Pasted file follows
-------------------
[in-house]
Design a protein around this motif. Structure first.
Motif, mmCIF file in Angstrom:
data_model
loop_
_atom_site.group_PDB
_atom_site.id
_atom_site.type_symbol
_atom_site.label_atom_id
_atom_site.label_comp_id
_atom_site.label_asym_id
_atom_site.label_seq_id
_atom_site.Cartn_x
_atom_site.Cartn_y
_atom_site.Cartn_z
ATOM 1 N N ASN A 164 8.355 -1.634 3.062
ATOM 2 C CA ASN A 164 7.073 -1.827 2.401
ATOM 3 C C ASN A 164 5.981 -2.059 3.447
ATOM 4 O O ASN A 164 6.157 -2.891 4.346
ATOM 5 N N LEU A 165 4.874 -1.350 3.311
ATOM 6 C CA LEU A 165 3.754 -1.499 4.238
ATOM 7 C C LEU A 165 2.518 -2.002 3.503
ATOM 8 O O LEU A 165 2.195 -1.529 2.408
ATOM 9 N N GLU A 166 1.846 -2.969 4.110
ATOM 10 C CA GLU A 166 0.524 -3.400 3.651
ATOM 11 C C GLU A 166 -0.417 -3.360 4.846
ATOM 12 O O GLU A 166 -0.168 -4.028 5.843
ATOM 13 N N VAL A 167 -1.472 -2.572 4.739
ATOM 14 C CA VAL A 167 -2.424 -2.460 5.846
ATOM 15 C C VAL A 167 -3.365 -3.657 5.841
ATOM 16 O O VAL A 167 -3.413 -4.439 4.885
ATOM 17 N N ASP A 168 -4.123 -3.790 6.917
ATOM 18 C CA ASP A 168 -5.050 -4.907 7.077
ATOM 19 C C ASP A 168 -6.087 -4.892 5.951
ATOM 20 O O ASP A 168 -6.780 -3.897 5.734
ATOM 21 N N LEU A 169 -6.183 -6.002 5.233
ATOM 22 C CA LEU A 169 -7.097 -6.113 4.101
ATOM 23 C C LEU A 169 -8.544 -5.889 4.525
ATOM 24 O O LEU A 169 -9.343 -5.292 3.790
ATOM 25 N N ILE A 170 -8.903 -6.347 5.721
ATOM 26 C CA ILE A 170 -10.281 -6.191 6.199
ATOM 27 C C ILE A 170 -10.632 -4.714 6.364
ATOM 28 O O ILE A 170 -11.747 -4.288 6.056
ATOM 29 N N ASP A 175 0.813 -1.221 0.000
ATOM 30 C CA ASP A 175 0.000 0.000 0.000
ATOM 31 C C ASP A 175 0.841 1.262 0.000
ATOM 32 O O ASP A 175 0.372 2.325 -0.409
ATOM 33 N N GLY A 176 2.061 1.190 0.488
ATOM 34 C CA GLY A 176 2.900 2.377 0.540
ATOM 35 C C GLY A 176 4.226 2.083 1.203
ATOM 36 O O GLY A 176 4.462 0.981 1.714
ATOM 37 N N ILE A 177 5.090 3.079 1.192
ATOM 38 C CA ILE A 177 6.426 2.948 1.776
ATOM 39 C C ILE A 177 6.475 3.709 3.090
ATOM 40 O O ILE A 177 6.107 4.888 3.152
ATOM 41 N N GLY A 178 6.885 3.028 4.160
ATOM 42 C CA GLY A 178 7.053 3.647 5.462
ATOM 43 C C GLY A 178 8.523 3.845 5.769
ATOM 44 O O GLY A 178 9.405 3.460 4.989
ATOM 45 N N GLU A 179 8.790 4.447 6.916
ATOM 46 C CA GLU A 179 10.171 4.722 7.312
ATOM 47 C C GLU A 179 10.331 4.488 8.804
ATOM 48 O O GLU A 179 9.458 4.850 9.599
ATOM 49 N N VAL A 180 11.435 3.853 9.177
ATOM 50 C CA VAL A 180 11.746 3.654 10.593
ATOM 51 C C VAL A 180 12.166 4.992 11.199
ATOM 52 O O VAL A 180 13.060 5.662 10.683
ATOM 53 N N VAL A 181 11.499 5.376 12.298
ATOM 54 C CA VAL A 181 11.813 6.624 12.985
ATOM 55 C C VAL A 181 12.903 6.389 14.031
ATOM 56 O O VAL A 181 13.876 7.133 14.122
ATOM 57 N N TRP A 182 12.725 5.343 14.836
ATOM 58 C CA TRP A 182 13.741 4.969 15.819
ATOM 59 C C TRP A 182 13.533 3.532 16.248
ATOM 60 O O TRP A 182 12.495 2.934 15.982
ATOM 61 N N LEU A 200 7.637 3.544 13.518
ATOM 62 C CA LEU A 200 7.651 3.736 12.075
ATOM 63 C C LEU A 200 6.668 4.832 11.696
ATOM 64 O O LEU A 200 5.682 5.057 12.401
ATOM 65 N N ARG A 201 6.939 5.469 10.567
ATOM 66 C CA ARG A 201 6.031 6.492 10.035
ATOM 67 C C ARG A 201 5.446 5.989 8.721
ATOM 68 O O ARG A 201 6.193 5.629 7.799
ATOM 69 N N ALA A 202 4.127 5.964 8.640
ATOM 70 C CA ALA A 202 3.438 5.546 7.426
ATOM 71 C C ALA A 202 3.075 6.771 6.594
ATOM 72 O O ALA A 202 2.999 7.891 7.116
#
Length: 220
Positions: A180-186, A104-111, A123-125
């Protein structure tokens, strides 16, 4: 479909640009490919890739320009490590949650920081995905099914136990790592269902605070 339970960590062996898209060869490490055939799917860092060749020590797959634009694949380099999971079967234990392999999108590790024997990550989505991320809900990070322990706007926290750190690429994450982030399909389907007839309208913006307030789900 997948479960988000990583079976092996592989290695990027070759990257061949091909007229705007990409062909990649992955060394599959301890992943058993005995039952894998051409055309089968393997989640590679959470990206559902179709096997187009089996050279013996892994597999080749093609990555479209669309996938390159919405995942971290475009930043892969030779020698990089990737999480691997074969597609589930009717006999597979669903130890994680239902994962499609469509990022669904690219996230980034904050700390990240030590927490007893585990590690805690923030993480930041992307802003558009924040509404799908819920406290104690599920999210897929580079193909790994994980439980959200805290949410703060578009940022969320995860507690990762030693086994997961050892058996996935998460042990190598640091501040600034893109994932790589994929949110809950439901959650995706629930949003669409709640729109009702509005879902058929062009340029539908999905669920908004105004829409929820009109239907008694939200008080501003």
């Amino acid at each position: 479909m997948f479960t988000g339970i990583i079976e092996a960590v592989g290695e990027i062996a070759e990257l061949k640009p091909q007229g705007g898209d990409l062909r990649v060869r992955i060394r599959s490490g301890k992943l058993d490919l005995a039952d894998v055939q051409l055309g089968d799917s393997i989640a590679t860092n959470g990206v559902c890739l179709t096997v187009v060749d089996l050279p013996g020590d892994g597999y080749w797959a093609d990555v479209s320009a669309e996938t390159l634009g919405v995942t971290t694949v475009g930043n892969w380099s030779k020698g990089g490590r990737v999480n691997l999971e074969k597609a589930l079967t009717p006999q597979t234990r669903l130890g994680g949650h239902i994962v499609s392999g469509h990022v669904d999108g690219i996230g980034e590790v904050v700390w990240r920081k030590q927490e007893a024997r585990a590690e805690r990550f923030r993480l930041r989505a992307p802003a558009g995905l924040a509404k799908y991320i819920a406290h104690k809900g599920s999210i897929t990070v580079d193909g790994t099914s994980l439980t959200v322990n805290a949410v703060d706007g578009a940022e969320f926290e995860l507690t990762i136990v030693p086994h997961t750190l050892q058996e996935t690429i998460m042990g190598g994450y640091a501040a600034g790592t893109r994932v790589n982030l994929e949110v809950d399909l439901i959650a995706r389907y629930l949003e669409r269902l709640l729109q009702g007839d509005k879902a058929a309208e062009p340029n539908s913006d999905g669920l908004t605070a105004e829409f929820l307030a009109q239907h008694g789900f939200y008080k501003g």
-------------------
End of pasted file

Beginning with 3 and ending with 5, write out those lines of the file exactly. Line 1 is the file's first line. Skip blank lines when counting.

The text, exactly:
Motif, mmCIF file in Angstrom:
data_model
loop_